Presentation Title

Comparison of Bond Strengths of Novel Bone Adhesives and Resorbable Plates and Screws: In Vitro Study

Format

Event

Start Date

12-2-2010 12:00 AM

Abstract

Objective. To determine if novel bone adhesive systems are a viable alternative to using screws for internal fixation. Background. The plate-screw fixation that requires the drilling of holes may weaken the bone leading to fractures. Fixation using adhesives has several advantages, including the ease of application, faster setting times, better biomechanical properties, and biodegradability. Methods. Four adhesives, octyl-cyanoacrylate, n butyl-cyanoacrylate, novel methacrylate and cyano-acrylate derivative, were tested for microtensile and shear bond strengths. Human cadaveric parietal bone samples were cut into rectangular bars with the following specifications: samples of 2mm X 2mm X 20mm cut into two halves and glued together for microtensile testing, paired samples of 2mm X 2mm X 20mm overlapped with by 10 mm for shear testing, and paired samples of 6mm X 4mm X 20mm attached together by a resorbable plate (6 X 22.8mm) with either adhesives or screws for shear testing. Humid conditions were maintained during experimentation. Data was analyzed by Dunnet’s multiple comparisons along with Tukey’s adhoc testing. A pvalue of < 0.05 is considered significant. Results. N butyl cyanoacrylate and novel cyanoacrylate derivative (1.37±0.26 MPa & 0.5±0.22 MPa, p < 0.05) had significant strengths compared with the other adhesives. The mean strength for resorbable plate and screws was 0.47±0.11 MPa. Conclusion. Adhesives have been developed that have equivalent or better bond strengths than screw fixation. N butyl cyanoacrylate and a novel cyanoacrylate derivative have shown great potential for use in fixation of fractured bone. Grants. This study was funded by Biomet Microfixation (Jacksonville, Florida)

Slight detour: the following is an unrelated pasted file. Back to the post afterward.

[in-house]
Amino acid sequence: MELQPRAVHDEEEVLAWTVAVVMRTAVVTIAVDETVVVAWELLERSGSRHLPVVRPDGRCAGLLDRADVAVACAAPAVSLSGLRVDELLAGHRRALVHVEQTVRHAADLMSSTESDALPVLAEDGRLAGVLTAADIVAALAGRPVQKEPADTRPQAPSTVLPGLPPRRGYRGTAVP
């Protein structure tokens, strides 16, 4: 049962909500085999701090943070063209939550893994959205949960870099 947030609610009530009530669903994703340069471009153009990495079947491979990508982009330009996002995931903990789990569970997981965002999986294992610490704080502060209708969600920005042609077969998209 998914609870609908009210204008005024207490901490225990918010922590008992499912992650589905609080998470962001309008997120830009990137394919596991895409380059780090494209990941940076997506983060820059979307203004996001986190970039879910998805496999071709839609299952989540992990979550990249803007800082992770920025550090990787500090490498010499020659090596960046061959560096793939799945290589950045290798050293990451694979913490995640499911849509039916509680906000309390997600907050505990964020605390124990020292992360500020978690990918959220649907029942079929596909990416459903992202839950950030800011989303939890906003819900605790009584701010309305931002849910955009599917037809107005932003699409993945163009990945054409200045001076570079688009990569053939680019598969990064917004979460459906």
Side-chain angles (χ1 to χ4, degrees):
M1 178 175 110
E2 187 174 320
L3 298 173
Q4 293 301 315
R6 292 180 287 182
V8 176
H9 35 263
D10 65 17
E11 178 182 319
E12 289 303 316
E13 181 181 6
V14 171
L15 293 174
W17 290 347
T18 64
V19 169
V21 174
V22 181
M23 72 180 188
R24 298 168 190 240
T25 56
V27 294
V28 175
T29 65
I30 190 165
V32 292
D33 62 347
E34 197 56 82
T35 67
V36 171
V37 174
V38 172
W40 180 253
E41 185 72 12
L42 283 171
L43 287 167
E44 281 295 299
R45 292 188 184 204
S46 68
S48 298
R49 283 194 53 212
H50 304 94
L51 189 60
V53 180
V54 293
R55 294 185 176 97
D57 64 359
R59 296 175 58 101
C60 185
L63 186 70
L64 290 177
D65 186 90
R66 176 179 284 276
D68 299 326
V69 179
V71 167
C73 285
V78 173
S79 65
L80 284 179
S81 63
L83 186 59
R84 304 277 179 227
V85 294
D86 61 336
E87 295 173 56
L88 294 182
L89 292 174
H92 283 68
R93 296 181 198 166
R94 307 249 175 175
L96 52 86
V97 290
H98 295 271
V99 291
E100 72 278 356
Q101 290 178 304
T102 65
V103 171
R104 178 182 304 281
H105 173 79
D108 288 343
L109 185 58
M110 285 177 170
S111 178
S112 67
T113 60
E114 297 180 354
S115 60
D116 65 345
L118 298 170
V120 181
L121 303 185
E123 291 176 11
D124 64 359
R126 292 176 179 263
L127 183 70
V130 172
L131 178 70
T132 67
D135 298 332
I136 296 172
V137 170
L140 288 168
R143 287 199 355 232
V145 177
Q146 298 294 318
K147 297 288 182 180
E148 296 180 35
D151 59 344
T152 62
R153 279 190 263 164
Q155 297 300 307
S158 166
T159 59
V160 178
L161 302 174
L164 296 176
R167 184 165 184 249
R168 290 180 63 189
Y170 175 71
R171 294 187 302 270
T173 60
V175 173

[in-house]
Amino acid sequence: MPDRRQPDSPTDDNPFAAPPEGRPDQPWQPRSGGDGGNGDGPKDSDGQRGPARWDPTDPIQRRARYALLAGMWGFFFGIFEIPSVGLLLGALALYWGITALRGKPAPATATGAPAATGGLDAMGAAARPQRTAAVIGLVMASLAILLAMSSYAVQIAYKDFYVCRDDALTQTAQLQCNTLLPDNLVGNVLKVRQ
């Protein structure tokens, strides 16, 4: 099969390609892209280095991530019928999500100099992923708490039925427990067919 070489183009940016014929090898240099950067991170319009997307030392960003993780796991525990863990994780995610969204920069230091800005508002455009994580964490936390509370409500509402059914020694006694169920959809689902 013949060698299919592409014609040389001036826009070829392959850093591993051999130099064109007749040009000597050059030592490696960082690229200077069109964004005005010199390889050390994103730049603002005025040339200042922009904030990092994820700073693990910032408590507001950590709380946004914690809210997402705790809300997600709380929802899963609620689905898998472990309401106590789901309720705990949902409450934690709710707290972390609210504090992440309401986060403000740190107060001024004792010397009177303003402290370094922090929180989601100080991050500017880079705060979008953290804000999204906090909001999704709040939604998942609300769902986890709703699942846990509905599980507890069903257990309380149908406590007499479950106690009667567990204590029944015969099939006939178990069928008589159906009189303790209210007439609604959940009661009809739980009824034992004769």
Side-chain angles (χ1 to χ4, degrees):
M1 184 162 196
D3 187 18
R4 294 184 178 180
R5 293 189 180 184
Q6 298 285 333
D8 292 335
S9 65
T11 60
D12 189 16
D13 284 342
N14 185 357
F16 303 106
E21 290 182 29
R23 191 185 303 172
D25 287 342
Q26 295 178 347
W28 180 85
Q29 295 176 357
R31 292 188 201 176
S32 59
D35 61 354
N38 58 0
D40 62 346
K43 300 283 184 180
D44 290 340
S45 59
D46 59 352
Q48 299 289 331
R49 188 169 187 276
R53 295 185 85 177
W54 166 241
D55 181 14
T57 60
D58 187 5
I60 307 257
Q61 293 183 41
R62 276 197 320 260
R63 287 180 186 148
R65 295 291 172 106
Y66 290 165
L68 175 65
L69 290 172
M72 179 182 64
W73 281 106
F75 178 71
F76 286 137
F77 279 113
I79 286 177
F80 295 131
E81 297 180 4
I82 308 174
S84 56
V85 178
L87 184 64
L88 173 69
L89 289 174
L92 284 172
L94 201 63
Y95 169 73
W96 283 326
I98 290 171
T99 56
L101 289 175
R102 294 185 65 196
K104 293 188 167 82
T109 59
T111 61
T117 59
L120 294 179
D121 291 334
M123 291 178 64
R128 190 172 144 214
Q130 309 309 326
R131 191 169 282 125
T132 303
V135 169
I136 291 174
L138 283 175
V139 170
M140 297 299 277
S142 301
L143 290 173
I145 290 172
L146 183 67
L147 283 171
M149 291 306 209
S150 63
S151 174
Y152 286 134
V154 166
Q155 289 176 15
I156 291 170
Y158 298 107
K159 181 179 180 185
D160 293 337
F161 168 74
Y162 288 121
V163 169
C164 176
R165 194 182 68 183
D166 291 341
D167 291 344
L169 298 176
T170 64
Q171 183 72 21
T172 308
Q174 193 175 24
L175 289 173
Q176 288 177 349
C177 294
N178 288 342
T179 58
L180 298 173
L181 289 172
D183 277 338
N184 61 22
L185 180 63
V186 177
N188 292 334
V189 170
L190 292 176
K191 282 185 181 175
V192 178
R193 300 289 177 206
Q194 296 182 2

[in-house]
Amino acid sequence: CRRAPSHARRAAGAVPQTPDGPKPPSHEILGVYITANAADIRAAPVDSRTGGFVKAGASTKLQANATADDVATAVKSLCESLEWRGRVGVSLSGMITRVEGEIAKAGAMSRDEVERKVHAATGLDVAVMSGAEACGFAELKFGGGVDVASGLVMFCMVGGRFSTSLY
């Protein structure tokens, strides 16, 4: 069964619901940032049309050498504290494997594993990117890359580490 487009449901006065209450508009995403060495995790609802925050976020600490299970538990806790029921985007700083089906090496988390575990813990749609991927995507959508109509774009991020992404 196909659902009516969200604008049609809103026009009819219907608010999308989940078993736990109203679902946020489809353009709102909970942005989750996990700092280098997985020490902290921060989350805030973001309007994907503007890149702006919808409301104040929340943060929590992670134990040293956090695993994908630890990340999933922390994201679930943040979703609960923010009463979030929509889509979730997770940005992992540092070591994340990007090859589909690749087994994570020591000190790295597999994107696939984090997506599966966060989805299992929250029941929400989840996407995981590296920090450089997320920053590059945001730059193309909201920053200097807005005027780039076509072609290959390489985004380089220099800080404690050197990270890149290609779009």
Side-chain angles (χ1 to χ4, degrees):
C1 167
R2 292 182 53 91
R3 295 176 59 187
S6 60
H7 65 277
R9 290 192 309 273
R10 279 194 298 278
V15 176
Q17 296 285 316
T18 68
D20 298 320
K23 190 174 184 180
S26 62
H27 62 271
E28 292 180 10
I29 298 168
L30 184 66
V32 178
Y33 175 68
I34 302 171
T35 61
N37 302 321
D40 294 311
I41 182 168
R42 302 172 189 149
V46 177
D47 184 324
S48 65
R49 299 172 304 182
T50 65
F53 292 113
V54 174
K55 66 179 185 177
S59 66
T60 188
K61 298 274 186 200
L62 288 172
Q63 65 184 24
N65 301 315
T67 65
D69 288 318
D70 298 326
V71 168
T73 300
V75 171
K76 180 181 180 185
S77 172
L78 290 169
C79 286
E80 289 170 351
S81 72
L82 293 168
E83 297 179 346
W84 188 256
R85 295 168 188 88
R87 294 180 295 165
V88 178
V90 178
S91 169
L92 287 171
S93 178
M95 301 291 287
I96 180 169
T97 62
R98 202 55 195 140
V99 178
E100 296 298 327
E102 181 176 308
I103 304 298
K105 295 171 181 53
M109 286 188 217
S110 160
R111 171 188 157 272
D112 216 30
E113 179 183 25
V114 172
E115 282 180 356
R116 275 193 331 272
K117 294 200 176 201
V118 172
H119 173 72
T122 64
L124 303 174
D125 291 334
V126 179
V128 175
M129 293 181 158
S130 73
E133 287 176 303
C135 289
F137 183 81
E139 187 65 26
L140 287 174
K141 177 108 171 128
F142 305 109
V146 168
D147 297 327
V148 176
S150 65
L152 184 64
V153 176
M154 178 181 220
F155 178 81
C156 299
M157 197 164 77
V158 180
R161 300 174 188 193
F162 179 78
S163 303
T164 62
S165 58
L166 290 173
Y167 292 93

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Feb 12th, 12:00 AM

Comparison of Bond Strengths of Novel Bone Adhesives and Resorbable Plates and Screws: In Vitro Study

Objective. To determine if novel bone adhesive systems are a viable alternative to using screws for internal fixation. Background. The plate-screw fixation that requires the drilling of holes may weaken the bone leading to fractures. Fixation using adhesives has several advantages, including the ease of application, faster setting times, better biomechanical properties, and biodegradability. Methods. Four adhesives, octyl-cyanoacrylate, n butyl-cyanoacrylate, novel methacrylate and cyano-acrylate derivative, were tested for microtensile and shear bond strengths. Human cadaveric parietal bone samples were cut into rectangular bars with the following specifications: samples of 2mm X 2mm X 20mm cut into two halves and glued together for microtensile testing, paired samples of 2mm X 2mm X 20mm overlapped with by 10 mm for shear testing, and paired samples of 6mm X 4mm X 20mm attached together by a resorbable plate (6 X 22.8mm) with either adhesives or screws for shear testing. Humid conditions were maintained during experimentation. Data was analyzed by Dunnet’s multiple comparisons along with Tukey’s adhoc testing. A pvalue of < 0.05 is considered significant. Results. N butyl cyanoacrylate and novel cyanoacrylate derivative (1.37±0.26 MPa & 0.5±0.22 MPa, p < 0.05) had significant strengths compared with the other adhesives. The mean strength for resorbable plate and screws was 0.47±0.11 MPa. Conclusion. Adhesives have been developed that have equivalent or better bond strengths than screw fixation. N butyl cyanoacrylate and a novel cyanoacrylate derivative have shown great potential for use in fixation of fractured bone. Grants. This study was funded by Biomet Microfixation (Jacksonville, Florida)